Summey, Sass change vote on gun resolution

Charleston County Council Chairman Elliott Summey

A vote calling on the state to ban certain guns drew so much heat on two Charleston County Council members that they changed their votes retroactively so the public record now says they were against it.

The resolution was supported by seven Council members on July 14, and none voted against it. But then the calls started coming. On Tuesday, Council Chairman Elliott Summey and Councilman Herb Sass moved to change their positions after the fact.

Gun rights advocates have called the county taking a stand on the issue a pointless display. “I think it’s a ridiculous resolution,” said James Overby, 1st Congressional District director for Gun Owners of South Carolina.

The resolution was initially approved after the sponsor, Councilman Henry Darby, showed council members images of machine guns firing hundreds of rounds and photographs of gory gunshot wounds. His resolution called for council to encourage the governor and the state Legislature to ban “assault-style” weapons statewide.

Council amended the resolution to read “semi-automatic high capacity magazine weapons.”

Darby said he had been getting an unpleasant earful from some gun owners, although others have been respectful.

“It’s been a little rough. I’ve been called names. The criticism and the condescending tone of the voice,” he said. But he remains undeterred because he thinks taking steps to rein in gun violence is important for future generations.

“There comes a time when we must take a stand for something unpopular,” he said.

In his research on the issue, Darby, a black liberal, was struck by the fact that President Ronald Reagan, a white conservative, supported a ban on assault weapons.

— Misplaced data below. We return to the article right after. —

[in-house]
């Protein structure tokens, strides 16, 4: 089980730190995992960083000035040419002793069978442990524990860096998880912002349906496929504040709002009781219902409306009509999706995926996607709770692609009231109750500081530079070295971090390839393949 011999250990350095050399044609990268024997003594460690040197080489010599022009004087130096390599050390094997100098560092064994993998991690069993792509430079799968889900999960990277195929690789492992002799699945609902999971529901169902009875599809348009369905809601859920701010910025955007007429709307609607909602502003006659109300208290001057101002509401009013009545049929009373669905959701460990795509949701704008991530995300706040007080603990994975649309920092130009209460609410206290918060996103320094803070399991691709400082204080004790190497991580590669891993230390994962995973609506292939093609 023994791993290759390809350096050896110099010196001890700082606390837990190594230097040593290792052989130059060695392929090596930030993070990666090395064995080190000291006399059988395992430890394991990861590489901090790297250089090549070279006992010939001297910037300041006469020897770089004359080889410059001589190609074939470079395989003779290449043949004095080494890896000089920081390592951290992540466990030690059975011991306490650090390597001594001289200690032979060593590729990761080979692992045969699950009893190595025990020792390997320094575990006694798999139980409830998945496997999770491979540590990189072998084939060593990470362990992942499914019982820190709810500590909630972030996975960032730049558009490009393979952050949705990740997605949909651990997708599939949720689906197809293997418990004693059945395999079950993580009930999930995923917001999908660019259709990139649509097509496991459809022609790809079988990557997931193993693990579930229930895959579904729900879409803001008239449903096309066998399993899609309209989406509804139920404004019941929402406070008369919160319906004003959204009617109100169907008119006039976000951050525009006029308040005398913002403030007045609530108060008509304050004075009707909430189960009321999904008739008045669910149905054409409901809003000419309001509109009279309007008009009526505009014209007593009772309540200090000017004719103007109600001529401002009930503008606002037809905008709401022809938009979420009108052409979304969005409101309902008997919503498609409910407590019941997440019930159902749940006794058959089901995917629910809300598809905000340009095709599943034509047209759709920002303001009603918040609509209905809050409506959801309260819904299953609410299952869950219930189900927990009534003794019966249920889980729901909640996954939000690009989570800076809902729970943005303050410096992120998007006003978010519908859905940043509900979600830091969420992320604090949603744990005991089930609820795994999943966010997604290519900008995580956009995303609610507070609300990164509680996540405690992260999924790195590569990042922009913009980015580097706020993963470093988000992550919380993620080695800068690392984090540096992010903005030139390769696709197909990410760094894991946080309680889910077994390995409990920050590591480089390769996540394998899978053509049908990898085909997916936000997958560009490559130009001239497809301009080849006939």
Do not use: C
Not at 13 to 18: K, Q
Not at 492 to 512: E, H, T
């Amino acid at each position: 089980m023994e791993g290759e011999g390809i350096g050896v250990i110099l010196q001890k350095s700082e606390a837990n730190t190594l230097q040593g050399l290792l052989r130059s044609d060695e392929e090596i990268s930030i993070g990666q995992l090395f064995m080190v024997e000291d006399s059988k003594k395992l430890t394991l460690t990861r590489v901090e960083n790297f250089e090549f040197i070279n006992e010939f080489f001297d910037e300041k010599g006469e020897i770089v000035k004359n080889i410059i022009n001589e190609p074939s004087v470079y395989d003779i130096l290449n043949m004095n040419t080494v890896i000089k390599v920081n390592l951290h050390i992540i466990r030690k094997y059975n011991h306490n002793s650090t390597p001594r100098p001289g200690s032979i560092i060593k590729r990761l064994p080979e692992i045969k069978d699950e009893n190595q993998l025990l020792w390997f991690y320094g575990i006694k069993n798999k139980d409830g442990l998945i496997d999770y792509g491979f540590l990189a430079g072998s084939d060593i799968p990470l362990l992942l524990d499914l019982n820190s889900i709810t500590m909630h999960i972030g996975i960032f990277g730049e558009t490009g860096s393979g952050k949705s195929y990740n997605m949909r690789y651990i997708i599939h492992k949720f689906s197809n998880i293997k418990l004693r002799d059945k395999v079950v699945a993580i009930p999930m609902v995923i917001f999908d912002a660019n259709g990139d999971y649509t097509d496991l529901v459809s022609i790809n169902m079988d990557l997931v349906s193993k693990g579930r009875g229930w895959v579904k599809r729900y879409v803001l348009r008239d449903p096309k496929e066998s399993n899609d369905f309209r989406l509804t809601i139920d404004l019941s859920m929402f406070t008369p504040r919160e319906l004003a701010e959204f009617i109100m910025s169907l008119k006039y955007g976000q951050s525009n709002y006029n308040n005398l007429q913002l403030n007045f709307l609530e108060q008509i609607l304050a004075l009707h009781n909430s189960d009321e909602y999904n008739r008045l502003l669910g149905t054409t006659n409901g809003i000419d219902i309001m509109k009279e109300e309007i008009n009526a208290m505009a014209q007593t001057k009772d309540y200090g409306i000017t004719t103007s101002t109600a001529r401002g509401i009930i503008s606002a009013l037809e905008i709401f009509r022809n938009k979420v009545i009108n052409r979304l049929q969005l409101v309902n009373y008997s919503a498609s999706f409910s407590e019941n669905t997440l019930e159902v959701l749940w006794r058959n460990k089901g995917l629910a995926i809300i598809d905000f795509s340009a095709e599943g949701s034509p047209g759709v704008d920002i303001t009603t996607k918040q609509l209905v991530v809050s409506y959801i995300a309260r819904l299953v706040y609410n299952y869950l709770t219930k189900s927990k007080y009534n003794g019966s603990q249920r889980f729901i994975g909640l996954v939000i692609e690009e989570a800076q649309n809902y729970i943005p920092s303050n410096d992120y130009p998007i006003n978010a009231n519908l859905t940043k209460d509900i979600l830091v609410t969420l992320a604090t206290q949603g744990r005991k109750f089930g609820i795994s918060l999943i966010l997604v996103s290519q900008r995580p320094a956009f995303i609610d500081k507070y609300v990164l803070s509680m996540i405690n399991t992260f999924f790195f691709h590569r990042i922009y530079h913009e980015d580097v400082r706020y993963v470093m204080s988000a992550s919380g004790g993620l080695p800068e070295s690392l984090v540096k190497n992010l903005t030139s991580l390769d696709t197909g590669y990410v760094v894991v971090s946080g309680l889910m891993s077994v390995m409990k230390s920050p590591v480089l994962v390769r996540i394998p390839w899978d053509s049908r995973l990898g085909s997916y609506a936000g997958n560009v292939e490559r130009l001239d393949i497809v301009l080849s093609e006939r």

Summey said that he, too, had been getting an earful from some gun owners. He emphasized that he owns “a pile of guns,” is a strong supporter of the 2nd Amendment and had not realized the amended resolution encouraged restrictions on handguns such as his Glock.

“Every Glock I own has at least 10 rounds,” Summey said. “And ones that were bought a couple of years ago are 16 round magazines. Those would be considered banned,” he said.

Summey said a caller criticized him for not knowing what the resolution meant.

“The first call I got was, ‘Hey man, you know what you just did?’ And I was like, ‘No, I did not know,’” Summey said.

“If you don’t understand what you’re voting for, then you are unfit to be in office,” the caller said.

“I was like, ‘OK, so you have never made a mistake? Good,’ ” said Summey.

After Summey and Sass changed their votes earlier this week, the Council vote on the gun resolution was 5-2 in favor, with two abstentions.

Summey said votes can be changed retroactively at the next council meeting. He didn’t bring up the resolution for another vote on Tuesday because he knew at least one council member would object, and under Robert’s Rules of Order that would be the end of the matter, he said.

“But by rule I can change my vote on the record,” he said.

On Wednesday, the county issued a statement in which it said the resolution vote “last week” was 5-4. The county subsequently corrected that statement at its website.

“The resolution does not mean there is a ban on the sale of semi-automatic high capacity magazine weapons in Charleston County, nor is that the purpose,” the county said. In fact, the resolution called for a statewide ban on such weapons.

Summey said the resolution was only a suggestion that the appropriate officials look into banning certain weapons with high-capacity magazines, he said.

“You can’t just take what we did on its own. You have to look at the context in which the vote was taken,” he said.

“There was some confusion Thursday night (July 14) for sure,” he said.

Sass, who is a gun owner, said that he, too, was not fully aware of the meaning of the amended resolution.

“When you make a mistake you fix it,” he said.

After seeing Darby’s video of AK-47 rifles firing hundreds of rounds he thought the resolution applied to that sort of weapon. Sass questioned the appropriateness of placing the measure in the council resolutions where less controversial things such as recognizing employee performance typically appear.

“This resolution comes up, and it’s a couple of days after this terrible shooting, I guess it just caught me unaware,” he said.

The county does not, and can not, regulate guns, Sass noted.

“It’s just silly for us to be considering something like that,” he said.